by Niles Reddick
My first run in with fraud was when I reconciled my debit charges online (Yes, I really do reconcile them because every dime adds up) with what I’d recorded in my checkbook Yes, I still keep an old school checkbook for a handful of bills I don’t want to pay online). I called the bank and told the assistant the five-dollar charge to a Venmo account in New York was bogus, and she removed it and told me to sign a form next time I come. The next fraudulent charge was a ten-dollar one to a company I’d never heard of in California, and I double checked with my wife to see if it was one of her online purchases. It wasn’t, and since I hadn’t gone by to sign the first form, I stopped by at lunch and asked them to remove this charge as well. They complied and I signed both forms.
When Harry, one of the vice President’s I knew from the Lion’s Club, saw me with the administrative assistant at her round desk near the entrance where the tile merges into carpet, he left his maroon leather rolling chair behind his desk and came out to say hello.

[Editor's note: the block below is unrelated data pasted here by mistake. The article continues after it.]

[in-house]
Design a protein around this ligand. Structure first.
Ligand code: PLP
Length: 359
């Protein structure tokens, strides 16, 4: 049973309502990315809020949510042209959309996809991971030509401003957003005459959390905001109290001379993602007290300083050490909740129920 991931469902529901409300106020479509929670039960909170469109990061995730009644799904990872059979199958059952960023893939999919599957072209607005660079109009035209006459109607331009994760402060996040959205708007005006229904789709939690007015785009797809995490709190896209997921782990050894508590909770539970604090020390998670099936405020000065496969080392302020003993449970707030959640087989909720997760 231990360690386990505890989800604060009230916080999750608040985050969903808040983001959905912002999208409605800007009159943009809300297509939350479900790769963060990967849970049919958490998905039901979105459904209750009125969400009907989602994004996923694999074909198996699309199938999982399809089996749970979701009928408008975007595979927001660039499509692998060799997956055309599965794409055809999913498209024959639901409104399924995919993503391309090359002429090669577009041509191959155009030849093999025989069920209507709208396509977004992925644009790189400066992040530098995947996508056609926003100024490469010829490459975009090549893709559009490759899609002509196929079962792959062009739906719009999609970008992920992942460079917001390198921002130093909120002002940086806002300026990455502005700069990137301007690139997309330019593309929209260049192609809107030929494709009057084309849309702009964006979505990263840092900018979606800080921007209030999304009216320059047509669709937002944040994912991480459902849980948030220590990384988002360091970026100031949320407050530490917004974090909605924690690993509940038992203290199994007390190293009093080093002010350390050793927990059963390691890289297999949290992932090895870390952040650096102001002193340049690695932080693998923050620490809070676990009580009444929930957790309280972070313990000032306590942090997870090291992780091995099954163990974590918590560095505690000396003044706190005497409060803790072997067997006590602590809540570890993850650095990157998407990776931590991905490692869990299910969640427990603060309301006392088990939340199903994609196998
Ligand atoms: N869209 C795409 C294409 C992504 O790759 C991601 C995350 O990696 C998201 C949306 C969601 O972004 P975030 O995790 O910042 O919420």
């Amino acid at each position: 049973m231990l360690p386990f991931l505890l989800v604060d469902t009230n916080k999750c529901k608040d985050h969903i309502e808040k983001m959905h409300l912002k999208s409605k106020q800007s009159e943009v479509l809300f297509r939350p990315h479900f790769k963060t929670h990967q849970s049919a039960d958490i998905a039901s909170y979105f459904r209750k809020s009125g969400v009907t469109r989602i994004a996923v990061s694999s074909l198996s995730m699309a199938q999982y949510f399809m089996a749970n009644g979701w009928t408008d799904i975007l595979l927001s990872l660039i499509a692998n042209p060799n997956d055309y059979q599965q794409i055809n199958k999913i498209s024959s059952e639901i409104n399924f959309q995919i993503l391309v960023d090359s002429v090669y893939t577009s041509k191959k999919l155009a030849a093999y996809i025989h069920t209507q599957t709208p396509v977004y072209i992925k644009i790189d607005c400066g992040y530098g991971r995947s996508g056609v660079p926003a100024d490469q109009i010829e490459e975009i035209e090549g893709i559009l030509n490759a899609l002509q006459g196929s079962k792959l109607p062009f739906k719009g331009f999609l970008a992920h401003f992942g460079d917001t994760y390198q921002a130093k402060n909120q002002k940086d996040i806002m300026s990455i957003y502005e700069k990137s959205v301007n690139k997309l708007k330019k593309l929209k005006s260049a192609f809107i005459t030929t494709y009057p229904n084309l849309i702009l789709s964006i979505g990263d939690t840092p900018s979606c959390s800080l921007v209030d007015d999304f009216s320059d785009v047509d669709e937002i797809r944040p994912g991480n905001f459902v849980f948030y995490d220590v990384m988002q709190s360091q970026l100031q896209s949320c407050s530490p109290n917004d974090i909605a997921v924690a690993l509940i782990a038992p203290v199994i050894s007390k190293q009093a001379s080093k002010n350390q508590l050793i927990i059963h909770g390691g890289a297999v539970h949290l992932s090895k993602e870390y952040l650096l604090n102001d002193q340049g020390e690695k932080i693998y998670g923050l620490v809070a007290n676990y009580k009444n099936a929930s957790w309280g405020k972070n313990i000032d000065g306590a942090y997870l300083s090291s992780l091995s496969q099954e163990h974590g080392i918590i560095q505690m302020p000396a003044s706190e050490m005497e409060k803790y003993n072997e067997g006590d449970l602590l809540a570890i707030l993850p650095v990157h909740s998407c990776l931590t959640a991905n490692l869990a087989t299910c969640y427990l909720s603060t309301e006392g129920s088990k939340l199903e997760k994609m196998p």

“You know what you need, don’t you?” he asked. “What?”
“One of those RFID wallets.”
“It’s a wallet that protects your credit card and other info from being scanned by radio frequency identification.”
“Never heard of it.”
“That may be how you’ve been charged twice against your debit card. It started as a way for businesses to track inventory, but it morphed into all these other uses and is used by criminals. The RFID wallets block and protect your credit cards, among other things.”
“Where did you get yours?”
“Got mine at The Men’s Shop in the mall. It’s nice-looking, high-quality leather. Soon, they’ll be mass produced in all the stores.”
“I appreciate the tip.”
On my way home from work, I stopped by The Men’s Shop. I was flabbergasted the wallets were one hundred fifty dollars, but I bought one anyway, told the clerk it was high tech snake oil, and he’d half-smiled. I assumed Harry had probably invested in wallet stock, and as soon as criminals realized society was onto their scams, they’d hopscotch ahead to the next new trick to steal.